The Memphis City Council approved a two-month moratorium forcing sidewalk repairs at the beginning of May. In the meantime, attorneys are drafting new rules that may help some property owners fix their sidewalks without hefty price tags or getting hauled into court.
Sidewalk repair is the responsibility of Memphis property owners. That fact is thanks to a city law passed in 1967 that says owners of property abutting any public street are "required to provide and maintain adjacent to his or her property a sidewalk."
Property owners own the land under the sidewalk. But the city has a right to order a sidewalk be built on top of it and that it be maintained at the owner's expense.
Furthermore, the city has a right to order that sidewalk be kept clean of mud, weeds, grass, ice, snow, foliage, and tree limbs, that the sidewalk not become slippery, and even when and how sidewalks are to be swept (never between 7:30 a.m. and 7:30 p.m. and done "carefully").
City engineer John Cameron said the city does have a sidewalk inspector, but he said his office isn't actively patrolling for bad sidewalks. They come to the city's attention mainly through the Mayor's Citizen Service Center via the 311 hotline. If the city knows about a bad sidewalk but doesn't act on it, Cameron said, then the city becomes legally liable for accidents that may occur on the sidewalk.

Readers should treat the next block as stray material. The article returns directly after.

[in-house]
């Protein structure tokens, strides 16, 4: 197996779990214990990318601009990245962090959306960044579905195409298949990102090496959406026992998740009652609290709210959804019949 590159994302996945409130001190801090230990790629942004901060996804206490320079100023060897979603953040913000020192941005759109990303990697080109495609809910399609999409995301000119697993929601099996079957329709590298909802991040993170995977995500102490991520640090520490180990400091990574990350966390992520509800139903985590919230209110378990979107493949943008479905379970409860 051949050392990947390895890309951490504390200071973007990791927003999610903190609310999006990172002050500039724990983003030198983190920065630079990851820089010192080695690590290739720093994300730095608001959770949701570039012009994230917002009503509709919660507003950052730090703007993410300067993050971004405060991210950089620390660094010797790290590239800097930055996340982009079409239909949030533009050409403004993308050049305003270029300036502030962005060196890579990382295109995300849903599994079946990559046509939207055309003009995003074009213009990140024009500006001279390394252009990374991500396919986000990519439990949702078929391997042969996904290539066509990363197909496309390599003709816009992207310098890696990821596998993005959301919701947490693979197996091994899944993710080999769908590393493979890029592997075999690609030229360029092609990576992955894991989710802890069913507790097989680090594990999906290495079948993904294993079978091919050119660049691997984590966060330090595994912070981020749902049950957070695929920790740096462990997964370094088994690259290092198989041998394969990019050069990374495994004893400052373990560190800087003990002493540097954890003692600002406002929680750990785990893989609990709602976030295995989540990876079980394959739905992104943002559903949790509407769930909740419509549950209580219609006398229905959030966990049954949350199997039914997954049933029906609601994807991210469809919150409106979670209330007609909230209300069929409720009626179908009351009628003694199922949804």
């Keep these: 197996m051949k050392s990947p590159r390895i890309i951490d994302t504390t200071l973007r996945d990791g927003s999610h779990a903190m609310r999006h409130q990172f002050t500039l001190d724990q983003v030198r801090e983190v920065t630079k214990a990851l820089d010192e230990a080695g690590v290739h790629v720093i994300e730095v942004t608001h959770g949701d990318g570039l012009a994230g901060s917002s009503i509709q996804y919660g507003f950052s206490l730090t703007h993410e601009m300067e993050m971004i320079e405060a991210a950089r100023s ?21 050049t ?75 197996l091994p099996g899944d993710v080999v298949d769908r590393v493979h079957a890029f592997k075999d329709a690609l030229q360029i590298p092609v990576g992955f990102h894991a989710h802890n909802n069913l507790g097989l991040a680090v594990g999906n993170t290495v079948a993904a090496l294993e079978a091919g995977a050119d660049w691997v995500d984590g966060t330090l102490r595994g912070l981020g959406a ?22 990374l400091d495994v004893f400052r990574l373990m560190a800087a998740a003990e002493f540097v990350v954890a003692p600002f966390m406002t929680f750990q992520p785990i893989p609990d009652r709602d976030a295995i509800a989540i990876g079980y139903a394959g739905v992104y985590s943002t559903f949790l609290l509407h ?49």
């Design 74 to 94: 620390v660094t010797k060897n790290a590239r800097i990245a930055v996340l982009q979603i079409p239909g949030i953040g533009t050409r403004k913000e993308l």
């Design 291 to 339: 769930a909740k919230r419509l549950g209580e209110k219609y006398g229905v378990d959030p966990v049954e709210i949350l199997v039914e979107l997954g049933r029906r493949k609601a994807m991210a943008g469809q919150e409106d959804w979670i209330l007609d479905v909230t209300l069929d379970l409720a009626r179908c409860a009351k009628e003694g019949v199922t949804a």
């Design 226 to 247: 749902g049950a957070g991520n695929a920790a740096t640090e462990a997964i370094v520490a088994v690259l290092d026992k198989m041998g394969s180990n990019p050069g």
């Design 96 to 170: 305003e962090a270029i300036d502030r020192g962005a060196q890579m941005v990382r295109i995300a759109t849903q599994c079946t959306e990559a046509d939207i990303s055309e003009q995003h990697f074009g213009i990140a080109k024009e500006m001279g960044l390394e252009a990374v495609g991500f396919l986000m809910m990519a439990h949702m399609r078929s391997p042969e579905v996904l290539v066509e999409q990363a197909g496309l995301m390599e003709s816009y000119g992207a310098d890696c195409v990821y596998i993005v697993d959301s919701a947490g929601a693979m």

"If property owners don't respond to our notice to fix the sidewalk, the city will have a contractor do the work," Cameron said. "Those costs will be documented and will be assessed as a lien on the property."
Those costs can range from $200 to more than $1,500, depending on the size of the sidewalk and the extent of the damage.
The city saw a spike in sidewalk-related lawsuits last year, Cameron said, and began issuing more notices at the beginning of this year. Those who didn't respond or couldn't pay were sued and ordered to appear in environmental court. The city council was then "inundated" with calls from angry property owners, according to their resolution to delay further notices.
"We want the statue repealed. Period," Memphis resident Jose Hill said to the council in a meeting last month. "People jaywalk, and I don't see us getting tickets for that. People litter, and I don't see us getting tickets for that. Now all of a sudden you want to come to people who have owned homes for 30 to 40 years and tell us you're going to put a lien on our house? No, sir."
A new sidewalk ordinance expected next month will likely make exceptions for property owners with financial hardships.